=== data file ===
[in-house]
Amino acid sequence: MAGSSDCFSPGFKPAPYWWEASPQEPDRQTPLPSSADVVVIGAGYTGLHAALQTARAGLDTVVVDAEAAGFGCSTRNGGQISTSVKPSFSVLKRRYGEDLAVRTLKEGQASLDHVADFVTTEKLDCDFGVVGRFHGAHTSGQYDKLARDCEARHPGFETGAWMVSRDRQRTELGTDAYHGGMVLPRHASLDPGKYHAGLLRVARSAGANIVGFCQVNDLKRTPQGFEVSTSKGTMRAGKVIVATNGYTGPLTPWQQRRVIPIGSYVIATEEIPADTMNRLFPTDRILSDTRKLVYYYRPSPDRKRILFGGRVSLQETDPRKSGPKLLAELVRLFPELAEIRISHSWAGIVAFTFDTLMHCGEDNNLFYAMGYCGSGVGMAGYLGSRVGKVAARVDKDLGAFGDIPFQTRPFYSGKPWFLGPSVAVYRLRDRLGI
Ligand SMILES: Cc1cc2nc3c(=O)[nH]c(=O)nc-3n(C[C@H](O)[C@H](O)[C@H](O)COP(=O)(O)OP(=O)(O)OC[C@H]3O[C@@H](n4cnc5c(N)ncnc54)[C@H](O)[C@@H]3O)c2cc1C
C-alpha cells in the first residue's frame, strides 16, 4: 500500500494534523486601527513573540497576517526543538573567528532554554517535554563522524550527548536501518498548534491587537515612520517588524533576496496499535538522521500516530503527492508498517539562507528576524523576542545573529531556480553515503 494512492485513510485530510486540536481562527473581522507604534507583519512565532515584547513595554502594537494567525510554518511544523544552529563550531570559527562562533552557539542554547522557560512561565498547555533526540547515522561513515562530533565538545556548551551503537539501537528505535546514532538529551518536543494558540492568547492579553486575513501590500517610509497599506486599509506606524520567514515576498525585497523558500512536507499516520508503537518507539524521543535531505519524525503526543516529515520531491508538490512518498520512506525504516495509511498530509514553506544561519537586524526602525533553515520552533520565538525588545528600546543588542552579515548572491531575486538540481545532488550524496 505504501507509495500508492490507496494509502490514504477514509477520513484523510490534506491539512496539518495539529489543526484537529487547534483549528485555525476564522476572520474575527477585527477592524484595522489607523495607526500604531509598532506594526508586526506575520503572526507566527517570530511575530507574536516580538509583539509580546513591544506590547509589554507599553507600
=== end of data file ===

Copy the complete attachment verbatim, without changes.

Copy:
[in-house]
Amino acid sequence: MAGSSDCFSPGFKPAPYWWEASPQEPDRQTPLPSSADVVVIGAGYTGLHAALQTARAGLDTVVVDAEAAGFGCSTRNGGQISTSVKPSFSVLKRRYGEDLAVRTLKEGQASLDHVADFVTTEKLDCDFGVVGRFHGAHTSGQYDKLARDCEARHPGFETGAWMVSRDRQRTELGTDAYHGGMVLPRHASLDPGKYHAGLLRVARSAGANIVGFCQVNDLKRTPQGFEVSTSKGTMRAGKVIVATNGYTGPLTPWQQRRVIPIGSYVIATEEIPADTMNRLFPTDRILSDTRKLVYYYRPSPDRKRILFGGRVSLQETDPRKSGPKLLAELVRLFPELAEIRISHSWAGIVAFTFDTLMHCGEDNNLFYAMGYCGSGVGMAGYLGSRVGKVAARVDKDLGAFGDIPFQTRPFYSGKPWFLGPSVAVYRLRDRLGI
Ligand SMILES: Cc1cc2nc3c(=O)[nH]c(=O)nc-3n(C[C@H](O)[C@H](O)[C@H](O)COP(=O)(O)OP(=O)(O)OC[C@H]3O[C@@H](n4cnc5c(N)ncnc54)[C@H](O)[C@@H]3O)c2cc1C
C-alpha cells in the first residue's frame, strides 16, 4: 500500500494534523486601527513573540497576517526543538573567528532554554517535554563522524550527548536501518498548534491587537515612520517588524533576496496499535538522521500516530503527492508498517539562507528576524523576542545573529531556480553515503 494512492485513510485530510486540536481562527473581522507604534507583519512565532515584547513595554502594537494567525510554518511544523544552529563550531570559527562562533552557539542554547522557560512561565498547555533526540547515522561513515562530533565538545556548551551503537539501537528505535546514532538529551518536543494558540492568547492579553486575513501590500517610509497599506486599509506606524520567514515576498525585497523558500512536507499516520508503537518507539524521543535531505519524525503526543516529515520531491508538490512518498520512506525504516495509511498530509514553506544561519537586524526602525533553515520552533520565538525588545528600546543588542552579515548572491531575486538540481545532488550524496 505504501507509495500508492490507496494509502490514504477514509477520513484523510490534506491539512496539518495539529489543526484537529487547534483549528485555525476564522476572520474575527477585527477592524484595522489607523495607526500604531509598532506594526508586526506575520503572526507566527517570530511575530507574536516580538509583539509580546513591544506590547509589554507599553507600